An earlier edition of This kind of article misspelled the name of the tile on a vaulted ceiling inside Carnegie Hall. of which will be Guastavino tile, not Gustavino tile.
How Do You Change the Light Bulbs in Carnegie Hall?
On a recent weekday, Gino Francesconi, the hall’s archivist, took me on a behind-the-scenes tour to answer This kind of question. We started out backstage, where we rode a service elevator to the sixth floor. We then passed through a few rooms, each littered with cases for tubas, trumpets as well as trombones, until we reached a door of which was labeled, “Hard Hat Required.” Mr. Francesconi reached into his pocket as well as fished out a sizable ring of keys.
Any time an archivist has to unlock something, you know you’re in for a treat.
The key clicked as well as the door opened. The first thing I noticed was the door’s 5.5-inch thickness, designed to keep noise by entering the hall by a nearby practice room.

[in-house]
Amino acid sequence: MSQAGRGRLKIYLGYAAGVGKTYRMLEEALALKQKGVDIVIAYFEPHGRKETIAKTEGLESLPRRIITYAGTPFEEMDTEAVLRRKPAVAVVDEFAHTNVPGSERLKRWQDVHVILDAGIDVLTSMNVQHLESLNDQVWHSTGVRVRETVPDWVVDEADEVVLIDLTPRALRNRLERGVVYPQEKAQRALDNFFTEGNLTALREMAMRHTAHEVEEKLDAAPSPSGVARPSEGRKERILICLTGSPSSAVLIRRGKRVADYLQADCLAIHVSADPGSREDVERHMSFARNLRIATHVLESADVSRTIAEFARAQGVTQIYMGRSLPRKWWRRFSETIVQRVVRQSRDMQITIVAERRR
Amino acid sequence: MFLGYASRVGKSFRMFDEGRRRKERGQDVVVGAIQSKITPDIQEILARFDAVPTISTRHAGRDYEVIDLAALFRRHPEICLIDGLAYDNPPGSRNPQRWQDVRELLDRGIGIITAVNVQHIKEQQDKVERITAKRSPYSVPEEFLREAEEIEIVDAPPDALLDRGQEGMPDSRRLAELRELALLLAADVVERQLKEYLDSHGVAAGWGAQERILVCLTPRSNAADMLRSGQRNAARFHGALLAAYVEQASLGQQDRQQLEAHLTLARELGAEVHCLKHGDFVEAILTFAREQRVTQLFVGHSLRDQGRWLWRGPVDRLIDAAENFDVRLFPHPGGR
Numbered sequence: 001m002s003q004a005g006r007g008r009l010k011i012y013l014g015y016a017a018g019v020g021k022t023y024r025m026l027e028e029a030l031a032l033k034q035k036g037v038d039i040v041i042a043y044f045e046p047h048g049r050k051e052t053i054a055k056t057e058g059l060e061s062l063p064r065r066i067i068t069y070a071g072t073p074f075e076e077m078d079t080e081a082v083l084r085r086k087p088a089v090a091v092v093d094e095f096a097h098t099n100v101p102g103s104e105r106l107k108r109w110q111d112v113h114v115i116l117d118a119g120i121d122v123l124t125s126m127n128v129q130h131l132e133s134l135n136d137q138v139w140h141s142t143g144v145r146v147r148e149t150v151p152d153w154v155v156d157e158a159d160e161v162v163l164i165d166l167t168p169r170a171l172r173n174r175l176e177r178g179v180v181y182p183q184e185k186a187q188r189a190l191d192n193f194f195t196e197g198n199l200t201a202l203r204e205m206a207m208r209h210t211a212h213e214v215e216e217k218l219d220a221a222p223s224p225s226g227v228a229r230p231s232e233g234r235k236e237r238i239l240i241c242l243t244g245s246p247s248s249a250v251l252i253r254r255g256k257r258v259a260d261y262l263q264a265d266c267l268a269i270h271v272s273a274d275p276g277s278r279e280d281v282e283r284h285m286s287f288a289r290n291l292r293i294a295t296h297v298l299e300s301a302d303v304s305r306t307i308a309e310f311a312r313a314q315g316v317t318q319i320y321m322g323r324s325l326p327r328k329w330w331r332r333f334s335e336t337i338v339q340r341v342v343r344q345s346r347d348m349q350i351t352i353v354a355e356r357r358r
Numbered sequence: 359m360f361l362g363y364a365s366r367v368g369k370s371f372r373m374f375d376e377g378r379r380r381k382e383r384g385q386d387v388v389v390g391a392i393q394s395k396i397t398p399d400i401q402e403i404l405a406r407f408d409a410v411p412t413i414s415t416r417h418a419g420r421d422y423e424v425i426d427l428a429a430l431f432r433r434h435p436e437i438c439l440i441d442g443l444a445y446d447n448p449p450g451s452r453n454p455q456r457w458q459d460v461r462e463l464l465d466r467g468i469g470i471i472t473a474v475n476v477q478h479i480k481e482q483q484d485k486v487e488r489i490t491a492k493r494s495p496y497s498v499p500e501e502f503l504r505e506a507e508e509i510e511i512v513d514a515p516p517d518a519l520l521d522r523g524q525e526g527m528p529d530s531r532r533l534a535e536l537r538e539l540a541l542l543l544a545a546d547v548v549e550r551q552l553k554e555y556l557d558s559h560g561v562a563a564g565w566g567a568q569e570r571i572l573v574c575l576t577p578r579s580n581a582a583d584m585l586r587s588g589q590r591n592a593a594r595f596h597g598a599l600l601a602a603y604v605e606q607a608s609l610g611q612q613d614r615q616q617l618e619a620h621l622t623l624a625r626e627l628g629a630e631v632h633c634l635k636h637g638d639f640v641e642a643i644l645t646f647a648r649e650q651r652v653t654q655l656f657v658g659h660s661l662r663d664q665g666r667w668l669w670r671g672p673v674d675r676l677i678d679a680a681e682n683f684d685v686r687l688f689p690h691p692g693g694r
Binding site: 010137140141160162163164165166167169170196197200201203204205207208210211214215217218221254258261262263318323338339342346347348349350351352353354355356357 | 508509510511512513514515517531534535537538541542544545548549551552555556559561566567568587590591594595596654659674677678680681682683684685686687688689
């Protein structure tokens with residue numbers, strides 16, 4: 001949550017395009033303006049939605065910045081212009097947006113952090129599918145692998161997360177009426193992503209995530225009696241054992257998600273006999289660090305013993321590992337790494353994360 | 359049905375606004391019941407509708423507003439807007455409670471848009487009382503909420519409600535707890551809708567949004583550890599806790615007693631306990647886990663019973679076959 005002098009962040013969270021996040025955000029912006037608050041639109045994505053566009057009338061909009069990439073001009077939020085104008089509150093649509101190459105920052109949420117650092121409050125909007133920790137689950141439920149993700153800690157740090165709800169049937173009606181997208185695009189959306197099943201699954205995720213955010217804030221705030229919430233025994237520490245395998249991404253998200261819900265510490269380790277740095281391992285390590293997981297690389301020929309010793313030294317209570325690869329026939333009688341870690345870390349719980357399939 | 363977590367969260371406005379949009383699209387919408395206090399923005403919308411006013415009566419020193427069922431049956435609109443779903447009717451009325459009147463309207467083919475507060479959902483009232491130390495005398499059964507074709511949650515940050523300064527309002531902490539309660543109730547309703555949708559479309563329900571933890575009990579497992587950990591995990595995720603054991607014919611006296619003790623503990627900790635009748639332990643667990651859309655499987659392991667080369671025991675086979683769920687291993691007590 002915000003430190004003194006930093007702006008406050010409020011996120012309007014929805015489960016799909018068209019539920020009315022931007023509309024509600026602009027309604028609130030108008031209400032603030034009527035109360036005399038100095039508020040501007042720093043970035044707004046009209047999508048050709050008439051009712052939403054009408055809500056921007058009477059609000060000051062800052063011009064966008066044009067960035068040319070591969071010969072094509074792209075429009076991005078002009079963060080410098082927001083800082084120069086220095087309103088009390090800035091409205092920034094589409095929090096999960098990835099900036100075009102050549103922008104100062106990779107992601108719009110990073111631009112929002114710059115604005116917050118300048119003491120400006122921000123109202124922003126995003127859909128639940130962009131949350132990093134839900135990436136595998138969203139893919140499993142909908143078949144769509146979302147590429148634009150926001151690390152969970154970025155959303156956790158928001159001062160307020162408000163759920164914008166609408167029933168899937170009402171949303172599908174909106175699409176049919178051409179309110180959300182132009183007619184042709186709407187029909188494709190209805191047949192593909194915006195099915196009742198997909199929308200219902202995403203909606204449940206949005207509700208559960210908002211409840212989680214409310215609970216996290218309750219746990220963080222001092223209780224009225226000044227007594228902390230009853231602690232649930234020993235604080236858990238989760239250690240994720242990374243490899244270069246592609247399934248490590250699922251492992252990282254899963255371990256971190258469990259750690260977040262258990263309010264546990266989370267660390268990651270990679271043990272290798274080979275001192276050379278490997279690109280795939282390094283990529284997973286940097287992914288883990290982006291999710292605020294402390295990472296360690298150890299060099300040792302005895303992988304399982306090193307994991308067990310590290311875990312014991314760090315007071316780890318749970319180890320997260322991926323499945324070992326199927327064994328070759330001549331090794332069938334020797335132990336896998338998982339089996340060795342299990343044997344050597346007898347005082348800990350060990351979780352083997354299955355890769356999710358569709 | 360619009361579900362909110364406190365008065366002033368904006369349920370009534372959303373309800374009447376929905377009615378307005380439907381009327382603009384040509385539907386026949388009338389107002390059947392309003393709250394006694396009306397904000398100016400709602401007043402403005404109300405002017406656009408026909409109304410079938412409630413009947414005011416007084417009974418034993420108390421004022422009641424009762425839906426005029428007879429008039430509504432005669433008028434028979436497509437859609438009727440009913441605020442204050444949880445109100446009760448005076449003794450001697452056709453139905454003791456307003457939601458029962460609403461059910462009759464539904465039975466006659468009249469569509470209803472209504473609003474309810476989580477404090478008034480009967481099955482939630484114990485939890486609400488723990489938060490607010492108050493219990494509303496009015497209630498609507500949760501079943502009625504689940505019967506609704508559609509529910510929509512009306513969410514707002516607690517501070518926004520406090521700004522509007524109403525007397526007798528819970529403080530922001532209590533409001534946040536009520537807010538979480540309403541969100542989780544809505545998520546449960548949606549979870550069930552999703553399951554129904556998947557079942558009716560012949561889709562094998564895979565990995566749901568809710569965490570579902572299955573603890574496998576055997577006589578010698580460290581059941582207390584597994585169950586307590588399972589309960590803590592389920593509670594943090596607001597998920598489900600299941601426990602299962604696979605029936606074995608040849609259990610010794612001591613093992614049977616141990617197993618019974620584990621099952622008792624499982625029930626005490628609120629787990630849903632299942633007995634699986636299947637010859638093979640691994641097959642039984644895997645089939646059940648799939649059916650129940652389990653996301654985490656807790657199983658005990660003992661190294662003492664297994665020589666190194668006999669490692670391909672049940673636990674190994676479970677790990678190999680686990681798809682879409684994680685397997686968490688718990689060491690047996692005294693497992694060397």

As we crossed into near-darkness, Mr. Francesconi turned to me. “You have to walk very quietly,” he whispered. We were currently directly above the stage, where a high-school orchestra by Georgia was rehearsing for a concert of which evening.
We tiptoed along a metal catwalk, which turned at bizarre angles as well as had stairs in seemingly random places. At one point, we had to step over a steel beam, as well as then do the limbo under a duct vent — all while trying our best to remain silent.
Mr. Francesconi pointed out the graffiti on many of the beams as well as poles; scrawling your name up here will be a longtime tradition of the hall’s stagehands.
He then flipped a light switch, illuminating a vaulted ceiling — hidden to patrons below by the auditorium’s plaster ceiling — of Guastavino tile, similar to the “Whisper Gallery” at Grand Central Terminal as well as the abandoned City Hall subway station. by here, we could see the metal structures of which supported the two circles of lights below us, the bulbs’ cords dangling at regular intervals, near pathways deviating by the catwalk. Stagehands simply pull the lights up by these cords as well as change the bulbs.
Before we turned around, Mr. Francesconi called my attention to a smaller opening from the floor, through which I could see the orchestra, directly below. The players as well as their instruments appeared in miniature, although thanks to the hall’s acoustic design, their sound was as crisp by This kind of unusual vantage as by any seat down below.
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